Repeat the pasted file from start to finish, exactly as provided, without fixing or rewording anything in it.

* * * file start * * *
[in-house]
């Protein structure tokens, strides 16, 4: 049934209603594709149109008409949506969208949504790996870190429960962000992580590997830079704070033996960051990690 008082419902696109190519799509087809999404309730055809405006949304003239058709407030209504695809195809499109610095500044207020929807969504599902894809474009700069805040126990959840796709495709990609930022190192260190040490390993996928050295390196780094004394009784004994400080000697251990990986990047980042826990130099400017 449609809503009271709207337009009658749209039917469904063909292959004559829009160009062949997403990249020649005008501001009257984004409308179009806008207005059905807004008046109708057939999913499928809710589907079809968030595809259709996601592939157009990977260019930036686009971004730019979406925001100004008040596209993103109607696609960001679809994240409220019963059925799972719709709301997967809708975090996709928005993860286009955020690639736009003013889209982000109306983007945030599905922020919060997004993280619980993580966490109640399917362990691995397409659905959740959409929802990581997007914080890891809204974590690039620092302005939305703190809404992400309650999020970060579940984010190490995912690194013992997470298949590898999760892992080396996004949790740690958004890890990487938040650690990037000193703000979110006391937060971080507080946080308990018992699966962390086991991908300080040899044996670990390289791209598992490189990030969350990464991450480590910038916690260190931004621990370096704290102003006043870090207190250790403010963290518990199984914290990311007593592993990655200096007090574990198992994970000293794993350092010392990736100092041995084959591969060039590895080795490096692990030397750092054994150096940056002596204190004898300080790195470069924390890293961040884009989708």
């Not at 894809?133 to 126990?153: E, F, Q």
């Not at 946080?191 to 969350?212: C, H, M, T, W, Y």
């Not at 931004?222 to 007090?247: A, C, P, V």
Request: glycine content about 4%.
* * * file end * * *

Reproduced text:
[in-house]
């Protein structure tokens, strides 16, 4: 049934209603594709149109008409949506969208949504790996870190429960962000992580590997830079704070033996960051990690 008082419902696109190519799509087809999404309730055809405006949304003239058709407030209504695809195809499109610095500044207020929807969504599902894809474009700069805040126990959840796709495709990609930022190192260190040490390993996928050295390196780094004394009784004994400080000697251990990986990047980042826990130099400017 449609809503009271709207337009009658749209039917469904063909292959004559829009160009062949997403990249020649005008501001009257984004409308179009806008207005059905807004008046109708057939999913499928809710589907079809968030595809259709996601592939157009990977260019930036686009971004730019979406925001100004008040596209993103109607696609960001679809994240409220019963059925799972719709709301997967809708975090996709928005993860286009955020690639736009003013889209982000109306983007945030599905922020919060997004993280619980993580966490109640399917362990691995397409659905959740959409929802990581997007914080890891809204974590690039620092302005939305703190809404992400309650999020970060579940984010190490995912690194013992997470298949590898999760892992080396996004949790740690958004890890990487938040650690990037000193703000979110006391937060971080507080946080308990018992699966962390086991991908300080040899044996670990390289791209598992490189990030969350990464991450480590910038916690260190931004621990370096704290102003006043870090207190250790403010963290518990199984914290990311007593592993990655200096007090574990198992994970000293794993350092010392990736100092041995084959591969060039590895080795490096692990030397750092054994150096940056002596204190004898300080790195470069924390890293961040884009989708």
């Not at 894809?133 to 126990?153: E, F, Q």
């Not at 946080?191 to 969350?212: C, H, M, T, W, Y």
């Not at 931004?222 to 007090?247: A, C, P, V």
Request: glycine content about 4%.